I think Northern California has some of the best flying in the world, especially considering the range of flying we did. Whether it was a T-38 low-level over the Feather River Canyon, aerobatics in the MOAs or a high-altitude sortie over the Pacific Northwest, the scenery was awesome. And of course, we also flew a T-38 route (Oceanview) that took us over the coast, down south towards San Francisco, and if we asked really nice and the controllers weren’t too busy, we could drop down and get the Bay Tour.
It was always a special treat to fly at home. But, it seems that, just as you finished your requirements, along came orders for your next TDY. Off again to some exotic locale. Where to this time? Back to Korea or a classified Mediterranean Island? Wherever the assignment, we were sure to get a little more responsibility, such as the “camera-only” missions where the only onboard equipment was the camera, and we’d just go take pictures and not have to talk to anyone. I got to see some parts of the world I’d never seen before, but judging by the activity on the RAW scope, I didn’t really surprise anybody.
Back to Work
Seeing your RAW scope activate the first time can be a little unnerving, unless you view it as a game. Reconnaissance is not the same as “spying” and is a necessary part of keeping the peace. But most governments would beg to differ and used us as a target to test their capabilities. Prior to each mission we were given an intel briefing on what to expect and the extent of the threat, and most of the time it was very benign. So you know when you got “lit up” that you probably weren’t going to be face to face with a SAM that day.
By the time I was deployed to Saudi Arabia for Desert Shield, I was probably lulled into a false sense of security. That’s when I received an attack warning from the other side of the border. I just thought it was an Iraqi SAM site testing its radar, but as it turned out it was a new site that had been previously unaccounted for, so it made a lot of people upset when I returned and told them about it. I was upset, too!
Fortunately, I got to go home before the war started, and somehow managed to get the choice Mediterranean TDY for the duration of the Gulf War. I still flew missions in support of Desert Storm, but didn’t have to survive the Spartan conditions my brothers in the desert tolerated. And, I got my favorite Carlsberg beverage at the end of every mission … something that was definitely lacking in the desert! Of course, they got the combat sorties and all the medals, but since I was separating from the service anyway, I didn’t need that to advance my career.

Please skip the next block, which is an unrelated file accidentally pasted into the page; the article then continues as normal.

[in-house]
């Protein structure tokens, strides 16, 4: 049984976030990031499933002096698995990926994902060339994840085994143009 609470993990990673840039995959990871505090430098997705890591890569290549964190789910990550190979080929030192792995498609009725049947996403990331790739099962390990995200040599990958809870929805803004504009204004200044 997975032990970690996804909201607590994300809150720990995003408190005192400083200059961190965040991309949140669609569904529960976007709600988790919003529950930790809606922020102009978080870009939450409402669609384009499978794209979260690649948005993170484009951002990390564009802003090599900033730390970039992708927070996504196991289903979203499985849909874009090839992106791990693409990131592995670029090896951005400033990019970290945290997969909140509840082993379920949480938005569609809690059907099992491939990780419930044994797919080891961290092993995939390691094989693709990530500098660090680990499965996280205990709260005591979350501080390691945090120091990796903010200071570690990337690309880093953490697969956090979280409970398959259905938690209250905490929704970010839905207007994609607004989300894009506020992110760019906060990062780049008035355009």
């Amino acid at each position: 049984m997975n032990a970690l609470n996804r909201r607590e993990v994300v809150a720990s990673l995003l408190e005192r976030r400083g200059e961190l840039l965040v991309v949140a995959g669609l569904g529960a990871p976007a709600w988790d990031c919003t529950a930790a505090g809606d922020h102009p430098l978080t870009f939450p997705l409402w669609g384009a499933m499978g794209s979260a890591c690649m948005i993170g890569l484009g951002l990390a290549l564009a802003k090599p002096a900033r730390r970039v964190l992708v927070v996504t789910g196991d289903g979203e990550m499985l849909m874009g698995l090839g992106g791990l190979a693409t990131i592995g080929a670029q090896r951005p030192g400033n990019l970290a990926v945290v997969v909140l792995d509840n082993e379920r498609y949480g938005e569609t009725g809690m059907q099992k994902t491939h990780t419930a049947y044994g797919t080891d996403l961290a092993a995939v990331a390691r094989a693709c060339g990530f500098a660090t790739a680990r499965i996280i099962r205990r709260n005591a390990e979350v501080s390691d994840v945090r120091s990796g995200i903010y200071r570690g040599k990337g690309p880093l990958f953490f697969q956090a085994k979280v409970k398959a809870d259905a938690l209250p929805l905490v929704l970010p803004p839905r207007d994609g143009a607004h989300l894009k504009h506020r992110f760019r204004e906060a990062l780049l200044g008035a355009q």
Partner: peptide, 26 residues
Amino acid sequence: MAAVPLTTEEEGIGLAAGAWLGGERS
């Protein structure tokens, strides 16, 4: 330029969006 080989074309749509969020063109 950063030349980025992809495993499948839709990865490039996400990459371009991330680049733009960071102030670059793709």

And I had a run of extremely good luck; I figured it was time to quit while I was ahead. We were all very lucky during the years I flew the airplane: No one crashed or was shot down, and the only incidents were minor, such as the occasional groundloop or hard landing (none of them mine, thankfully). And, thankfully, no U-2 was shot down during the Gulf War.
But the Dragonlady, temperamental beast that she is, has claimed a few of her pilots in the years since, and on a recent visit back to Beale AFB, it was sobering to see portraits of two of my friends and former U-2 brothers, along with two others who had joined the program after I left, adorning the wall of the Heritage Room. They will all be missed. The nature of our flying and deployments makes us a very tight-knit group, and our bonds tended to be a lot stronger than in follow-on assignments. Even our spouses have stayed in touch with each other.
I recently returned to celebrate a friend’s retirement, and was able to show my daughter my name and date of solo, along with the other 600 or so pilots who have accomplished that feat. There sure were a lot of names added after mine.
Nowadays I’m content to drive a 727 around the skies, cruising at half the altitude I used to fly. Things look a lot bigger down here, and we have to go around thunderstorms instead of climbing over them. But it’s still fun for me; I guess that’s why I started flying in the first place. And I seem to get the most fun out of flying my family around in my Cessna, and I look forward to doing that for a long time. But I’ve found that I can (almost) always pique another pilot’s interest when I tell them what I flew in the Air Force. Everyone wants to know what it was like flying higher than almost any other airplane in the world. There were a few who managed to fly higher than us, such as the SR-71, but still only a handful of pilots ever get much above FL390, much less FL700.
It’s a unique fraternity, but by all means not exclusive. Hey, they let me fly it!